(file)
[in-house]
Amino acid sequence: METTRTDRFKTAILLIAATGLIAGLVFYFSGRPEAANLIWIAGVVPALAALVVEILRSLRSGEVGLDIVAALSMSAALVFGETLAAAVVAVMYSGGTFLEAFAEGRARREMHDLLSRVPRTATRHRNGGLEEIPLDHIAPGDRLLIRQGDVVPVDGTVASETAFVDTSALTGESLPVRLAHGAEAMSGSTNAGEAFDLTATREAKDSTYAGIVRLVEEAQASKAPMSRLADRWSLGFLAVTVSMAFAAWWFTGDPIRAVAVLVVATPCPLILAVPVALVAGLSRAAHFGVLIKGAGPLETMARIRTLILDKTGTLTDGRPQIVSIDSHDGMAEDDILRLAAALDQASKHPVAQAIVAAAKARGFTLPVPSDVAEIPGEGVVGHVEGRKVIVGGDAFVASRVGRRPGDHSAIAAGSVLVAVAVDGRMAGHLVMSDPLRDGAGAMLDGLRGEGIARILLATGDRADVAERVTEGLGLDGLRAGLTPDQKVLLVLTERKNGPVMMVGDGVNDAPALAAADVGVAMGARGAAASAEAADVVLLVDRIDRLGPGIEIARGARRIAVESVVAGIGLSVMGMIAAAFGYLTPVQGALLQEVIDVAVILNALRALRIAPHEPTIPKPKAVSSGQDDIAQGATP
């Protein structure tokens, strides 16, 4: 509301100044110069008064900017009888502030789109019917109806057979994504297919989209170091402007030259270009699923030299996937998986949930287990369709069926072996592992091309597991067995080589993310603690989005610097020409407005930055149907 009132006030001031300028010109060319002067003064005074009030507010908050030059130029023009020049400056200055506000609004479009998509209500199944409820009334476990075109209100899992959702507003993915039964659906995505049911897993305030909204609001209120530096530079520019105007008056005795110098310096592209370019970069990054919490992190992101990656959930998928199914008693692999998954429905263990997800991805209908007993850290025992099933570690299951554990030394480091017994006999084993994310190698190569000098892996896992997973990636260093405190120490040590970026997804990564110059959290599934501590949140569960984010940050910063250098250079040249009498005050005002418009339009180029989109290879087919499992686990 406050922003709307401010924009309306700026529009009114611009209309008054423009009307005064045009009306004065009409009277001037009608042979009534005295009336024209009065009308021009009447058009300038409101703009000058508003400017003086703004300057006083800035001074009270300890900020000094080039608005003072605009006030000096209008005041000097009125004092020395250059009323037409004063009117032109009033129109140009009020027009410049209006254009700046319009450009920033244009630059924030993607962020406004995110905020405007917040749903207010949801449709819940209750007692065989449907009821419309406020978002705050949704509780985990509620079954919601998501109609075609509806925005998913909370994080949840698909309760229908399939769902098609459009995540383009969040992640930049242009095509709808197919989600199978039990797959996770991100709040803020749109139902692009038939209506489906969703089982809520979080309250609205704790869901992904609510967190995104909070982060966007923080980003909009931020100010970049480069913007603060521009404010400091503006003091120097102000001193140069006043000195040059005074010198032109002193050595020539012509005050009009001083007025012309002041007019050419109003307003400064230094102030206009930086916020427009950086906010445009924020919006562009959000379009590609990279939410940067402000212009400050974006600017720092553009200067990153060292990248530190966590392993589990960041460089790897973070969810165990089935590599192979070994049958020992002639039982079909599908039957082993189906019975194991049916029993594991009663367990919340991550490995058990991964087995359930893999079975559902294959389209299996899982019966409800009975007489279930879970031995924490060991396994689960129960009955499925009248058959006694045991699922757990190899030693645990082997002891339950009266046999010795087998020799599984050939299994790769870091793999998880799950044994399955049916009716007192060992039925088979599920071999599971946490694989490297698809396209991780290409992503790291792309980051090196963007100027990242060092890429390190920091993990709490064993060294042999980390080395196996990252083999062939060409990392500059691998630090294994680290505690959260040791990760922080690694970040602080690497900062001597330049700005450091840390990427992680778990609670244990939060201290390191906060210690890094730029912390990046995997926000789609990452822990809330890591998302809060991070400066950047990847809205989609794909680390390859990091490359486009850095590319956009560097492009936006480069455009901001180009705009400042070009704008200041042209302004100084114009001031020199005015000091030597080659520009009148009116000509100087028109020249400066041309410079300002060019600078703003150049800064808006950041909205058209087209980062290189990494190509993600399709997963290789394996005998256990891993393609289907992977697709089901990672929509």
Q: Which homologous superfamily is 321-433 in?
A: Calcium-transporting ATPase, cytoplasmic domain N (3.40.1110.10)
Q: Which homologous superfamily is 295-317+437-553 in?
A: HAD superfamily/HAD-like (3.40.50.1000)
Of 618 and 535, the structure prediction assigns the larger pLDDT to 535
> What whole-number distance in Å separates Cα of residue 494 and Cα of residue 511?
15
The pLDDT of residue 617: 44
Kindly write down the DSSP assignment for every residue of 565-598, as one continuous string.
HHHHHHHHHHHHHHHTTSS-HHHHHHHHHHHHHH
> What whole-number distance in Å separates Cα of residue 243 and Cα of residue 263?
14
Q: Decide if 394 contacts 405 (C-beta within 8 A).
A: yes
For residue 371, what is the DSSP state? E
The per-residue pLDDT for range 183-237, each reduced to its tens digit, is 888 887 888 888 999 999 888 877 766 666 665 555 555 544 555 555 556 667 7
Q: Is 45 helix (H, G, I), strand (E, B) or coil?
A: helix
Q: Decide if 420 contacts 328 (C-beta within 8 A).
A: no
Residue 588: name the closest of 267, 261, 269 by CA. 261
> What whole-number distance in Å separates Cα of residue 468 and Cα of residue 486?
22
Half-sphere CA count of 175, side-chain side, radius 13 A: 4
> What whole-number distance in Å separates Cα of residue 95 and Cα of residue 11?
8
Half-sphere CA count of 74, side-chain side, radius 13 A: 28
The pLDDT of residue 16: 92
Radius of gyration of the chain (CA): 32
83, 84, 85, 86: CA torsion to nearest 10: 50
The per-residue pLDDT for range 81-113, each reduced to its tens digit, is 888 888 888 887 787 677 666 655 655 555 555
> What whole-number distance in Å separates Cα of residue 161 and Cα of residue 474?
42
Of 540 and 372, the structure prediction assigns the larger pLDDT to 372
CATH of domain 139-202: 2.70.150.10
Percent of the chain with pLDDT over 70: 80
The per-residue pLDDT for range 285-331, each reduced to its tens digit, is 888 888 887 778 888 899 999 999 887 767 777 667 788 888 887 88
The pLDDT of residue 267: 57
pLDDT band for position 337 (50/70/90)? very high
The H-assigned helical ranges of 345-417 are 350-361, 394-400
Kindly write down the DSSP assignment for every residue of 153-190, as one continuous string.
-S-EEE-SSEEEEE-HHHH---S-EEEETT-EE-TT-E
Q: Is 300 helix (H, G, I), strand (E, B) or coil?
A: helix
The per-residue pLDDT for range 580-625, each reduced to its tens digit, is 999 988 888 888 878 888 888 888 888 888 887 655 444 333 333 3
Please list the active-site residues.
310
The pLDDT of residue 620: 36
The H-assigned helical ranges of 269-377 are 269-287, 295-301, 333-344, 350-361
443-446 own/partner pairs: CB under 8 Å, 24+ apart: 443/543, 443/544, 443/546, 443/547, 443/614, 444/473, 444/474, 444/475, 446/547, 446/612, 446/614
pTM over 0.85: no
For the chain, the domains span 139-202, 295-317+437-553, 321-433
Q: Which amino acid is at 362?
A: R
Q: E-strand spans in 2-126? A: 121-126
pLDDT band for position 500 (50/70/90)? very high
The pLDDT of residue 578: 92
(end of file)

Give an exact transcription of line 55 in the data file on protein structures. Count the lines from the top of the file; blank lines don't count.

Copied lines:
For the chain, the domains span 139-202, 295-317+437-553, 321-433